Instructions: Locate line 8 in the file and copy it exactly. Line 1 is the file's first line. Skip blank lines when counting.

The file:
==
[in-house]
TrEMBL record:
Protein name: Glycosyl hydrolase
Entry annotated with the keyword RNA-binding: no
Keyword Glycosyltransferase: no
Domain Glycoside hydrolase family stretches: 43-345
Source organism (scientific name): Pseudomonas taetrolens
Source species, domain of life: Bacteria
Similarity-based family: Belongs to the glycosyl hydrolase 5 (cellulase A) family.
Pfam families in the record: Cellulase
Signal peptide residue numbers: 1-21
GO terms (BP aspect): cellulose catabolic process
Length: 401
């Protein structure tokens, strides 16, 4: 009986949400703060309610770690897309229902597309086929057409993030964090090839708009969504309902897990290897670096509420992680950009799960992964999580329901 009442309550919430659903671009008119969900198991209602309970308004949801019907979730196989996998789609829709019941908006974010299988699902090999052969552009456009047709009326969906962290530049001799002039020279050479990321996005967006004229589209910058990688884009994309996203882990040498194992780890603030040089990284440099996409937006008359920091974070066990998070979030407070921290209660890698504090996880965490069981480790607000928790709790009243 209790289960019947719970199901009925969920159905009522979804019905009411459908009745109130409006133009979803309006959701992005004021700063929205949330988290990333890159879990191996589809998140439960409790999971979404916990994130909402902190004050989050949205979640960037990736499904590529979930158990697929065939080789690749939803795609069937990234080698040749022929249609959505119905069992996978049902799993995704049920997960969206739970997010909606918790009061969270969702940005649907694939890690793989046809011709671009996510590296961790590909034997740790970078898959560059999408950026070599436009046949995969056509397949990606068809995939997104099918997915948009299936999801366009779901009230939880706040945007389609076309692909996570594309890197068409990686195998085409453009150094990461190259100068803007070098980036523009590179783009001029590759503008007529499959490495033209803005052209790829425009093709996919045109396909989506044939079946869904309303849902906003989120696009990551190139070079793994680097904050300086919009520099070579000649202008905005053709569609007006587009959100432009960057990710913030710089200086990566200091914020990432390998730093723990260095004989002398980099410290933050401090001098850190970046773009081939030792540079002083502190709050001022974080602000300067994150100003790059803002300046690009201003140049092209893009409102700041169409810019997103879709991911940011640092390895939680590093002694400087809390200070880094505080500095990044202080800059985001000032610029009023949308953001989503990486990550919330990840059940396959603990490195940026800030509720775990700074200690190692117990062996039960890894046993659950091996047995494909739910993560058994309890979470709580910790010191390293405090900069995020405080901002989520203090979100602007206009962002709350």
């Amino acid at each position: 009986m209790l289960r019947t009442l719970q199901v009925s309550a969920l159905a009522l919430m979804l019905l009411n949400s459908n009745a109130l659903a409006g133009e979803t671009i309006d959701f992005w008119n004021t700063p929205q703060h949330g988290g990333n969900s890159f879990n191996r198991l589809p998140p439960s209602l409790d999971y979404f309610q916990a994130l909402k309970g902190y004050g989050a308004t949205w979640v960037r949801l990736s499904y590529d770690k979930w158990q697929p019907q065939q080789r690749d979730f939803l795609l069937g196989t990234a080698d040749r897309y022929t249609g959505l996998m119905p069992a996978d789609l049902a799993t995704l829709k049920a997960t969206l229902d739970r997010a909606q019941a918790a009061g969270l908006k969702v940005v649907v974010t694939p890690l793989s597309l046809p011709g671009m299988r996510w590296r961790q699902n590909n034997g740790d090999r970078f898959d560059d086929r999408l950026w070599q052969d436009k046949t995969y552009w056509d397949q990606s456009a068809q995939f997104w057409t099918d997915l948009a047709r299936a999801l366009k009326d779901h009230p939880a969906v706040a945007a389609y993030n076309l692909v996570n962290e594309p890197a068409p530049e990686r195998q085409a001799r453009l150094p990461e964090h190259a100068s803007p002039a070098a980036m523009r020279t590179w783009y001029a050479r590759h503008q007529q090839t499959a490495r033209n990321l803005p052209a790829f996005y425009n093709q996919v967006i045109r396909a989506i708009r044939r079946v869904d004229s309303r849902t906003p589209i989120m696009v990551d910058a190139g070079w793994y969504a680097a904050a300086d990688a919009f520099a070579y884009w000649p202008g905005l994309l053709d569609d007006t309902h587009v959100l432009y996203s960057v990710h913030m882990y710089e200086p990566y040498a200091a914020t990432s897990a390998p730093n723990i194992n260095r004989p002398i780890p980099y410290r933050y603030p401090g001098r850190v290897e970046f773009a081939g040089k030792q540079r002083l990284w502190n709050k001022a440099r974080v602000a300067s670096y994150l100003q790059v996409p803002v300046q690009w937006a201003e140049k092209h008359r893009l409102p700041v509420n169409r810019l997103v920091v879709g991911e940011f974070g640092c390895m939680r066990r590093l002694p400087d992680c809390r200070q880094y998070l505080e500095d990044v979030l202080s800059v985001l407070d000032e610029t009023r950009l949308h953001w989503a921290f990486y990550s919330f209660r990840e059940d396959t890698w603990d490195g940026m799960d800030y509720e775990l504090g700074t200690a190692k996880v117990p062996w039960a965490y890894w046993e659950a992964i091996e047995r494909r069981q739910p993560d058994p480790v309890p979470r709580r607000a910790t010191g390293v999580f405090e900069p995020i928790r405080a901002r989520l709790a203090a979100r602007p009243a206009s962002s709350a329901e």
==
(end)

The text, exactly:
Source species, domain of life: Bacteria